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a need to expand capacity to handle those grievances as well. while we would love to be helpful in that regard, that would be a significant increase in our offices responsibility and would require major increases in staff and. -- staffing. that was a recommendation we did not agree with, but we did point out there are three entities within the city that help with these complaints. one is the department of building construction. the other is the police, mainly around service complaints. then the human rights commission is tasked with helping to settle civil rights violation of all kinds,
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including disability rights violations. supervisor mar: the board of supervisors is not required to respond to this funding and recommendation, is that correct? >> i apologize. i have been told that the board would be responding to all of them. supervisor chu: if i might, it looks like we are responsible for responding to item 1, finding 4, 5, and 6, recommendations 4, 5, and 6. >> we have two ada transition planned. one is for the city office buildings, the other is the public right away. what they refer to is sidewalks
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and curb ramps. there is an enormous amount of work that is estimated to be done in this area. $500 million was, at what point one pointm, the amount that was cited. we have made quite a bit of progress and we have been able to count some of the progress that had not been counted before. that estimate is not entirely correct. it is much closer to $120 million, $150 billion for curb ramps, another $100 million for sidewalks. it is recommended we look at stable funding for this work. we have tried to get on the money several times over the last 10 years and those efforts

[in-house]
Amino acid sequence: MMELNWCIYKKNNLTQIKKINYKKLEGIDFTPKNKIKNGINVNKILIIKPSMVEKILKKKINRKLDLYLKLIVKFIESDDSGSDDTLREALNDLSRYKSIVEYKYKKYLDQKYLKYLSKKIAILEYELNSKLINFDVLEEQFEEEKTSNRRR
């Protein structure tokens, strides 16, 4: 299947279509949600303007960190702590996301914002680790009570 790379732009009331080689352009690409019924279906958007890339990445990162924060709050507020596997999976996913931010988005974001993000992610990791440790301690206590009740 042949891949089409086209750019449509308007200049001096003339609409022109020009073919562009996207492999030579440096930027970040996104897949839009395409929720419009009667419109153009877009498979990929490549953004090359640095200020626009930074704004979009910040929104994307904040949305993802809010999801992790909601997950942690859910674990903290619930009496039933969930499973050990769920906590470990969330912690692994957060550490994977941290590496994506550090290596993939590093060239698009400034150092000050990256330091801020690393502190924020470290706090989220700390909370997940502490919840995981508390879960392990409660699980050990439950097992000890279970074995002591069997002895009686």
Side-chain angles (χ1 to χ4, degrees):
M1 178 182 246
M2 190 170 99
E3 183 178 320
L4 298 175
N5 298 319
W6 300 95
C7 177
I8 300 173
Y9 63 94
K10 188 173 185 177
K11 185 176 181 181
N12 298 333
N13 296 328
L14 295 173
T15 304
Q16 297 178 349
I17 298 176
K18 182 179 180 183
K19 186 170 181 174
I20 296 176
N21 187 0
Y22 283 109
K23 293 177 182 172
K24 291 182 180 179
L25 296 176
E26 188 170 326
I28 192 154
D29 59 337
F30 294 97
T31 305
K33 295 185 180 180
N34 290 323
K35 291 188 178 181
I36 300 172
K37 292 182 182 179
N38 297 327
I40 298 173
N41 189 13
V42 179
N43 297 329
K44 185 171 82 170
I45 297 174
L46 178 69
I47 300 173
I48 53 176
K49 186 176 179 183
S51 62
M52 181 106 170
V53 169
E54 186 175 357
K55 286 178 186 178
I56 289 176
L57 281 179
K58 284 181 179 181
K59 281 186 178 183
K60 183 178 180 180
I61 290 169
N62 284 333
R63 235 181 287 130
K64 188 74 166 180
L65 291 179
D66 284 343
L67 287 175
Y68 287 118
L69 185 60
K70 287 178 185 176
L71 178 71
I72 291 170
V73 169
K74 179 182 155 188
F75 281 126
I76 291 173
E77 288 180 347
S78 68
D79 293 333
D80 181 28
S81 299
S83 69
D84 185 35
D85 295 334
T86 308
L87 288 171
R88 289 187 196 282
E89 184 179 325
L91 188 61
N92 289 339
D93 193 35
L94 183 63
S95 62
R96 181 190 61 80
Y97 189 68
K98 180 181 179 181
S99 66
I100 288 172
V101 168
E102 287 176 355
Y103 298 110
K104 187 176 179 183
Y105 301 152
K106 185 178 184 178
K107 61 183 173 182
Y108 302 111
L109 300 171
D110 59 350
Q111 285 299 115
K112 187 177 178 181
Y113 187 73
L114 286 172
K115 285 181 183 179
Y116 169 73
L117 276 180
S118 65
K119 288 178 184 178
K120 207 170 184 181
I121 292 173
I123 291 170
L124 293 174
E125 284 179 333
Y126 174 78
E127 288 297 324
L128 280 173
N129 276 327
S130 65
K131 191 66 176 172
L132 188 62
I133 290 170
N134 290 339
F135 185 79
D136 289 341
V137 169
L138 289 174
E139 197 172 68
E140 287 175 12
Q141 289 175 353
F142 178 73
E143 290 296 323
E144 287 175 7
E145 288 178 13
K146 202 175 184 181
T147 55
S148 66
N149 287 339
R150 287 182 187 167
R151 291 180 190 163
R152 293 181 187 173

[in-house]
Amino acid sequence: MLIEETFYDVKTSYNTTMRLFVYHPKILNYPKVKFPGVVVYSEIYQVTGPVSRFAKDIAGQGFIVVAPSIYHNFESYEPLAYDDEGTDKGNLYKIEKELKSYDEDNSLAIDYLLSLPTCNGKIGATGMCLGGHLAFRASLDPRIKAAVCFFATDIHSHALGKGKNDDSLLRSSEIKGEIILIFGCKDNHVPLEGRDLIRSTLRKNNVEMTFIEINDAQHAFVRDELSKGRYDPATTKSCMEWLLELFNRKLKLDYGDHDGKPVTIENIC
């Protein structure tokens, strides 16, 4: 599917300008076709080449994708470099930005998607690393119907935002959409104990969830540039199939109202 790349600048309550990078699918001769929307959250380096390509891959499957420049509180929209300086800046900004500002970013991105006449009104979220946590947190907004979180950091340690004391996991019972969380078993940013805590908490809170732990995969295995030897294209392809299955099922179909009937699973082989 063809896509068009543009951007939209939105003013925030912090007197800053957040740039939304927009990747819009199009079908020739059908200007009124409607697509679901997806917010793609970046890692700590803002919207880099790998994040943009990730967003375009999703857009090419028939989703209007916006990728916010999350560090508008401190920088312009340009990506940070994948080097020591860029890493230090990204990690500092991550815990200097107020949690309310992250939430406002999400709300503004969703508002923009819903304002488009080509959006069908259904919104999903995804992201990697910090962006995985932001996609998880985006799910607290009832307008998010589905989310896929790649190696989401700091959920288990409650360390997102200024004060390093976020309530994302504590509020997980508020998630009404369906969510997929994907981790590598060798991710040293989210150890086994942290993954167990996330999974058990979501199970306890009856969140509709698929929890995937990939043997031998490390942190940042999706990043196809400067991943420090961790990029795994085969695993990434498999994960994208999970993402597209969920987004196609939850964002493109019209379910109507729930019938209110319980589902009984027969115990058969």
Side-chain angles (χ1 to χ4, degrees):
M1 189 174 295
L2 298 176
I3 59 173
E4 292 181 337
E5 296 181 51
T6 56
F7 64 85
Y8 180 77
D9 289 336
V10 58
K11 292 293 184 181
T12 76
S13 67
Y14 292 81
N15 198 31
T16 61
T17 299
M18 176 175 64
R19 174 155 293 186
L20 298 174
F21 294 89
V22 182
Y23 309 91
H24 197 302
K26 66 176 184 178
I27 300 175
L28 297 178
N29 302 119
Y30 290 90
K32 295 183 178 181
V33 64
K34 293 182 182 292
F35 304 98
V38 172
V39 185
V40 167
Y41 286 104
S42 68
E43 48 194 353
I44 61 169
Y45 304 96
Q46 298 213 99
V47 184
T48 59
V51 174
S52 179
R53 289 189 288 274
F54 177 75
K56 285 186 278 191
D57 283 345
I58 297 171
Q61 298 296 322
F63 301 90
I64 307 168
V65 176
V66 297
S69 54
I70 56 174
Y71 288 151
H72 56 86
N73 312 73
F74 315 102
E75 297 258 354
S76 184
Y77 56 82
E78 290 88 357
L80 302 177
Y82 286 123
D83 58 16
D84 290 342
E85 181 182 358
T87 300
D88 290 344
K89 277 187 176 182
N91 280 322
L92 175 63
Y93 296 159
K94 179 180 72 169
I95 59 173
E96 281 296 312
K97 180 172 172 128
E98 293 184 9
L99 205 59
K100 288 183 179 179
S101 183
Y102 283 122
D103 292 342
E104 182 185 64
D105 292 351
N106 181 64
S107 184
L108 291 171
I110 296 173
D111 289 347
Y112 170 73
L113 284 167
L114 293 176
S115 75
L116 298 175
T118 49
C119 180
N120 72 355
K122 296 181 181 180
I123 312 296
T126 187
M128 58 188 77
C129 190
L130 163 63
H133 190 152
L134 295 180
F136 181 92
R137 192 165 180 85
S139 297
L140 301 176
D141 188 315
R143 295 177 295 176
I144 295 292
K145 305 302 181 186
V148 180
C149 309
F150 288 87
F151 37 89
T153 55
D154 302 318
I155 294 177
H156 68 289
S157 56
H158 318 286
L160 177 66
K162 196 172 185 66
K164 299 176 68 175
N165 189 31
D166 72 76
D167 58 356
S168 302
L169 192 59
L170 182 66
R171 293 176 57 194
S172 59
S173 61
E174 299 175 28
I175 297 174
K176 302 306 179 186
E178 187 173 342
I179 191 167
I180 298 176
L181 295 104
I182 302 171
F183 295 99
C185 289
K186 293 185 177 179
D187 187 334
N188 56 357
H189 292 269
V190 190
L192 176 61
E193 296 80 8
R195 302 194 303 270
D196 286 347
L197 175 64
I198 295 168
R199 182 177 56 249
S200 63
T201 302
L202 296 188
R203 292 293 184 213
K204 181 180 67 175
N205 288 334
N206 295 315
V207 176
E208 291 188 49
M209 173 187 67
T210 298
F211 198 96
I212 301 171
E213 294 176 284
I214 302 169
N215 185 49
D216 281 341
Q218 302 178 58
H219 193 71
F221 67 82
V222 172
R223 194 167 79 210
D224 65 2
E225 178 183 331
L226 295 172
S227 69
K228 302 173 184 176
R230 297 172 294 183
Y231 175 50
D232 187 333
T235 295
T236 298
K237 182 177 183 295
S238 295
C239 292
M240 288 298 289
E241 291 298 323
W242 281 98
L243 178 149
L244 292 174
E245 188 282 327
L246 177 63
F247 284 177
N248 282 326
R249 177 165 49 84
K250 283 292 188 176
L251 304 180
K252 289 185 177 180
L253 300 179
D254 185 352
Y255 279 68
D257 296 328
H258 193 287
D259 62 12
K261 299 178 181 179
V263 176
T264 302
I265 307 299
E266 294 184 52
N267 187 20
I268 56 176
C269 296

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have not succeeded, so much of that money comes from the general fund, but not all. we have had federal projects including sidewalks, curb ramps, paving, when they get non-general dollars, include to curb ramps as well. the main response we have to this is we agree this is a priority for the city. we need a dedicated and stable funding stream. the 10-year capital plan has allocated, stable funding streams for this. there are some financial issue glitches but we have always prioritized this work second only to safety in this city. the fifth recommendation was not something that we had to respond
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to. it was the department of public works. it was a response to barriers that arise in the public right of way, usually from construction or activities. i would like to refer to the department of public works on that. the sixth recommendation was to look at how the city's training of disability rights issues is done, especially with respect to the police department and municipal transportation agency. clearly, they deal with a broad swath of people. the disability community is understandably invested that they handle these issues well when they come up. we have done training for both the san francisco police department and mta, and both departments have their own internal training programs which